Engineers at the University of California, Berkeley, have created a wearable biosensor device that recognizes hand gestures. Still in development, the UC team believes the device could eventually give patients control over prosthetic hands and other artificial body parts.

Health Tech Insider has covered a variety of technologies with prosthetic control applications. Recent innovations range from this complex brain-computer interface that required 10-hour electrode implantation brain surgery to this neural interface mouse introduced at CES 2021. The UC device — a non-invasive, lower-cost option compared to brain surgery — combines existing biosensors, signal processing, and AI algorithms in a flexible, lightweight arm cuff that detects electrical signals on the forearm. Although similar to the neural mouse, the UC device exhibits greater sensitivity, allowing for fine digital movements in a prosthetic hand.

To create the cuff, the UC team used conductive silver ink to print 64 electrodes on a flexible PET substrate. These electrodes pick up electrical signals in the forearm during gestures. A chip attached to the armband programmed with the AI algorithm reads and processes the signals, recognizing patterns associated with 21 different hand gestures.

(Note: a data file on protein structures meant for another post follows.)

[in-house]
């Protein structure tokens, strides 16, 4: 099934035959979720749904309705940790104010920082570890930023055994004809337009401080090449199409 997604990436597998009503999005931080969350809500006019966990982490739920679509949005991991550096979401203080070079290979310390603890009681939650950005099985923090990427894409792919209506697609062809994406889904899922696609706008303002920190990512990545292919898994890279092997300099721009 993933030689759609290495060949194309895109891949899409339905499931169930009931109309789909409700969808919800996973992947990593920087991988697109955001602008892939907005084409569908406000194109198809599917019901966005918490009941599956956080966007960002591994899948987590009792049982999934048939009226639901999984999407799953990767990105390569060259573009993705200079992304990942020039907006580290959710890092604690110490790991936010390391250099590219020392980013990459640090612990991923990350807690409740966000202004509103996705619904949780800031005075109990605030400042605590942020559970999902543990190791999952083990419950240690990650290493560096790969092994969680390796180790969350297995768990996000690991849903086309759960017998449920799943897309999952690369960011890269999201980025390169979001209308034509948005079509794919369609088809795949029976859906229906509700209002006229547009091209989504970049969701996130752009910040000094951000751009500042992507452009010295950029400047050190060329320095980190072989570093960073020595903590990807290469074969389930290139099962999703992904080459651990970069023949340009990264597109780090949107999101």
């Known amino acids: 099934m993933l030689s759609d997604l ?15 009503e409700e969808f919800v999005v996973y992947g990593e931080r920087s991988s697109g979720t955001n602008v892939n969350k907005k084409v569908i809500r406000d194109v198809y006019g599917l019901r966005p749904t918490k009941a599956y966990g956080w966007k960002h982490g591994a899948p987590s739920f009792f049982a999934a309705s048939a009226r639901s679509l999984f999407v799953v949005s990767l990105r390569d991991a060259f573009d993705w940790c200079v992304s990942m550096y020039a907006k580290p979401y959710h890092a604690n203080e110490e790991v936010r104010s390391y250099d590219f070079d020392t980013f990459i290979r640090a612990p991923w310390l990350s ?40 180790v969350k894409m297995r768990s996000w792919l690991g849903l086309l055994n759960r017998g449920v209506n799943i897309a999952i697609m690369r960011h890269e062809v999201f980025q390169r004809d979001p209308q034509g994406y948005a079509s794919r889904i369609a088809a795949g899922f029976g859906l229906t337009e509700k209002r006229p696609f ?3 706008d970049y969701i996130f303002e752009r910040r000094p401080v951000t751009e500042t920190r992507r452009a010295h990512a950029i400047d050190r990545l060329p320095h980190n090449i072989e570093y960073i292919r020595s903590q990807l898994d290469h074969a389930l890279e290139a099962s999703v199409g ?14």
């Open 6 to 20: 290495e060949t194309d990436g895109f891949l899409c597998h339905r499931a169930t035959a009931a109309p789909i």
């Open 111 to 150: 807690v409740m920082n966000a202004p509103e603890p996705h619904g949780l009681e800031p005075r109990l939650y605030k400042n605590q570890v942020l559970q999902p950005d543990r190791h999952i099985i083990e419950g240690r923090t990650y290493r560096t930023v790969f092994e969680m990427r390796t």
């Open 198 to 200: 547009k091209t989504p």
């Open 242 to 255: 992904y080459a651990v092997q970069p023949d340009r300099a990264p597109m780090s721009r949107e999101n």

The cuff requires initial calibration to train the algorithm to recognize individual signal patterns. Each user wears the cuff and makes each of the 21 hand gestures one time while a computer records the patterns and updates the chip on the armband. The algorithm uses hyperdimensional (HD) computing, an advanced form of AI learning. HD allows the algorithm to incorporate minor changes in the way a user performs a gesture into its pattern recognition system, so the user doesn’t have to worry about moving in the exact same way every time.

Implanted brain-computer interface technology, still in the early stages of development, may ultimately transform the lives of people with upper limb paralysis. External neural interfaces like the UC arm cuff could make it easier for patients with limb malformation or amputation to perform daily tasks, so that living with a prosthetic feels more natural.